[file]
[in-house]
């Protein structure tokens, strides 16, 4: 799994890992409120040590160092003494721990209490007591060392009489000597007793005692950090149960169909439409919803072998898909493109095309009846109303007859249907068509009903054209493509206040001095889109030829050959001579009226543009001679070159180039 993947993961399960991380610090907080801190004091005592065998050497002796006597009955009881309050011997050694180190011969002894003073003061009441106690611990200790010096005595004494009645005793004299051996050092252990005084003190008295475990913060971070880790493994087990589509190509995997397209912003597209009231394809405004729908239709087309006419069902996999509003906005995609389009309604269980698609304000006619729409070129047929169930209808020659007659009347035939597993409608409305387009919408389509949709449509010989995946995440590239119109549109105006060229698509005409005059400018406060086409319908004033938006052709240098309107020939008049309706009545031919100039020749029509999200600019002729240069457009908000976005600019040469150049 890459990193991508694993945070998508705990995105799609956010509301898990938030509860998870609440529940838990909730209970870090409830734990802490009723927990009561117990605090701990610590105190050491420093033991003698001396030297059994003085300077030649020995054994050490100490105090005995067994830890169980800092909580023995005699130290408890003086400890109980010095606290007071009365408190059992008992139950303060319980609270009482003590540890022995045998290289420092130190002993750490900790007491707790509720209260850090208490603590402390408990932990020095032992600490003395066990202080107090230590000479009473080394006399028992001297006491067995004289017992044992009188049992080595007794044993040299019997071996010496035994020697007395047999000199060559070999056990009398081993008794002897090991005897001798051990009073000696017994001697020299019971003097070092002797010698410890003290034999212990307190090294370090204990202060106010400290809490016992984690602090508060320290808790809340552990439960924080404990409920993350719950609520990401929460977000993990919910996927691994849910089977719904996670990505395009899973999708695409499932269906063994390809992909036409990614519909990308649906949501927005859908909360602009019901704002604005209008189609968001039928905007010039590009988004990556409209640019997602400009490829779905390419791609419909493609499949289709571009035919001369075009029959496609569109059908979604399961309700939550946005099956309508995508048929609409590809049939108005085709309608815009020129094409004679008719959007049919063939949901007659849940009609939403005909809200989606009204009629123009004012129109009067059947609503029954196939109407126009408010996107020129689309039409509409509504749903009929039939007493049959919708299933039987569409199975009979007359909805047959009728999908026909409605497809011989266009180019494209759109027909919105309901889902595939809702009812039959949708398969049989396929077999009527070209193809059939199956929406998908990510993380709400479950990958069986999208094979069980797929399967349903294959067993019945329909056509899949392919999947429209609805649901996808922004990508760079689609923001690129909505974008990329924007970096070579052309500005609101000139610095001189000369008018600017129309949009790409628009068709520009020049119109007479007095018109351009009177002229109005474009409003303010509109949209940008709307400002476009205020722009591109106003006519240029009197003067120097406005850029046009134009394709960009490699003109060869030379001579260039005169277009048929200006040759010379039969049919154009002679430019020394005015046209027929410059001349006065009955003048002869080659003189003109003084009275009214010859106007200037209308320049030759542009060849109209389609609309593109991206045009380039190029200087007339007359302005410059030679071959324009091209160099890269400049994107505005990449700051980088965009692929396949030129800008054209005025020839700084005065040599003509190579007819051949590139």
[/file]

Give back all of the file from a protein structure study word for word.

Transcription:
[in-house]
């Protein structure tokens, strides 16, 4: 799994890992409120040590160092003494721990209490007591060392009489000597007793005692950090149960169909439409919803072998898909493109095309009846109303007859249907068509009903054209493509206040001095889109030829050959001579009226543009001679070159180039 993947993961399960991380610090907080801190004091005592065998050497002796006597009955009881309050011997050694180190011969002894003073003061009441106690611990200790010096005595004494009645005793004299051996050092252990005084003190008295475990913060971070880790493994087990589509190509995997397209912003597209009231394809405004729908239709087309006419069902996999509003906005995609389009309604269980698609304000006619729409070129047929169930209808020659007659009347035939597993409608409305387009919408389509949709449509010989995946995440590239119109549109105006060229698509005409005059400018406060086409319908004033938006052709240098309107020939008049309706009545031919100039020749029509999200600019002729240069457009908000976005600019040469150049 890459990193991508694993945070998508705990995105799609956010509301898990938030509860998870609440529940838990909730209970870090409830734990802490009723927990009561117990605090701990610590105190050491420093033991003698001396030297059994003085300077030649020995054994050490100490105090005995067994830890169980800092909580023995005699130290408890003086400890109980010095606290007071009365408190059992008992139950303060319980609270009482003590540890022995045998290289420092130190002993750490900790007491707790509720209260850090208490603590402390408990932990020095032992600490003395066990202080107090230590000479009473080394006399028992001297006491067995004289017992044992009188049992080595007794044993040299019997071996010496035994020697007395047999000199060559070999056990009398081993008794002897090991005897001798051990009073000696017994001697020299019971003097070092002797010698410890003290034999212990307190090294370090204990202060106010400290809490016992984690602090508060320290808790809340552990439960924080404990409920993350719950609520990401929460977000993990919910996927691994849910089977719904996670990505395009899973999708695409499932269906063994390809992909036409990614519909990308649906949501927005859908909360602009019901704002604005209008189609968001039928905007010039590009988004990556409209640019997602400009490829779905390419791609419909493609499949289709571009035919001369075009029959496609569109059908979604399961309700939550946005099956309508995508048929609409590809049939108005085709309608815009020129094409004679008719959007049919063939949901007659849940009609939403005909809200989606009204009629123009004012129109009067059947609503029954196939109407126009408010996107020129689309039409509409509504749903009929039939007493049959919708299933039987569409199975009979007359909805047959009728999908026909409605497809011989266009180019494209759109027909919105309901889902595939809702009812039959949708398969049989396929077999009527070209193809059939199956929406998908990510993380709400479950990958069986999208094979069980797929399967349903294959067993019945329909056509899949392919999947429209609805649901996808922004990508760079689609923001690129909505974008990329924007970096070579052309500005609101000139610095001189000369008018600017129309949009790409628009068709520009020049119109007479007095018109351009009177002229109005474009409003303010509109949209940008709307400002476009205020722009591109106003006519240029009197003067120097406005850029046009134009394709960009490699003109060869030379001579260039005169277009048929200006040759010379039969049919154009002679430019020394005015046209027929410059001349006065009955003048002869080659003189003109003084009275009214010859106007200037209308320049030759542009060849109209389609609309593109991206045009380039190029200087007339007359302005410059030679071959324009091209160099890269400049994107505005990449700051980088965009692929396949030129800008054209005025020839700084005065040599003509190579007819051949590139």